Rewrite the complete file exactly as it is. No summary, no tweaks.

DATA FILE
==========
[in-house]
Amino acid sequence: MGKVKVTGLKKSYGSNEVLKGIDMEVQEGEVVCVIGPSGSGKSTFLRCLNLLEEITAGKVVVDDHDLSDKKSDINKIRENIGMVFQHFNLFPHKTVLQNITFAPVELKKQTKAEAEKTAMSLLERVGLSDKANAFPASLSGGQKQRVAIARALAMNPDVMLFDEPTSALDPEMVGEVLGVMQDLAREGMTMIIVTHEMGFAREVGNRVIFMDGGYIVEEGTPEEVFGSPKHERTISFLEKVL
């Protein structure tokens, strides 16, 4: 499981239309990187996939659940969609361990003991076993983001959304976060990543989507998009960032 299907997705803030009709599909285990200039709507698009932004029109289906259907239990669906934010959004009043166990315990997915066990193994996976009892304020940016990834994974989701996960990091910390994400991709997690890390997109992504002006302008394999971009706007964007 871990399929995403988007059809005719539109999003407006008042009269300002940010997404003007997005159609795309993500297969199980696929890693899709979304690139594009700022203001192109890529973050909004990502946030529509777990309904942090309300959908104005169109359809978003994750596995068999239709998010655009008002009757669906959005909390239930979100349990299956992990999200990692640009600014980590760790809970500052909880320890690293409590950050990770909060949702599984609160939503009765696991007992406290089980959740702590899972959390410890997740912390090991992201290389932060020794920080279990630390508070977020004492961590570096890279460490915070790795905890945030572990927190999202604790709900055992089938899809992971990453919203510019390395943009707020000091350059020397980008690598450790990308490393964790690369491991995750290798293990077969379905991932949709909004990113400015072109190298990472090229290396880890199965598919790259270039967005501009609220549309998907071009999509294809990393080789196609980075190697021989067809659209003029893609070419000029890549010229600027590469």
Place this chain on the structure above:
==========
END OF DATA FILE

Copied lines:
[in-house]
Amino acid sequence: MGKVKVTGLKKSYGSNEVLKGIDMEVQEGEVVCVIGPSGSGKSTFLRCLNLLEEITAGKVVVDDHDLSDKKSDINKIRENIGMVFQHFNLFPHKTVLQNITFAPVELKKQTKAEAEKTAMSLLERVGLSDKANAFPASLSGGQKQRVAIARALAMNPDVMLFDEPTSALDPEMVGEVLGVMQDLAREGMTMIIVTHEMGFAREVGNRVIFMDGGYIVEEGTPEEVFGSPKHERTISFLEKVL
């Protein structure tokens, strides 16, 4: 499981239309990187996939659940969609361990003991076993983001959304976060990543989507998009960032 299907997705803030009709599909285990200039709507698009932004029109289906259907239990669906934010959004009043166990315990997915066990193994996976009892304020940016990834994974989701996960990091910390994400991709997690890390997109992504002006302008394999971009706007964007 871990399929995403988007059809005719539109999003407006008042009269300002940010997404003007997005159609795309993500297969199980696929890693899709979304690139594009700022203001192109890529973050909004990502946030529509777990309904942090309300959908104005169109359809978003994750596995068999239709998010655009008002009757669906959005909390239930979100349990299956992990999200990692640009600014980590760790809970500052909880320890690293409590950050990770909060949702599984609160939503009765696991007992406290089980959740702590899972959390410890997740912390090991992201290389932060020794920080279990630390508070977020004492961590570096890279460490915070790795905890945030572990927190999202604790709900055992089938899809992971990453919203510019390395943009707020000091350059020397980008690598450790990308490393964790690369491991995750290798293990077969379905991932949709909004990113400015072109190298990472090229290396880890199965598919790259270039967005501009609220549309998907071009999509294809990393080789196609980075190697021989067809659209003029893609070419000029890549010229600027590469």
Place this chain on the structure above: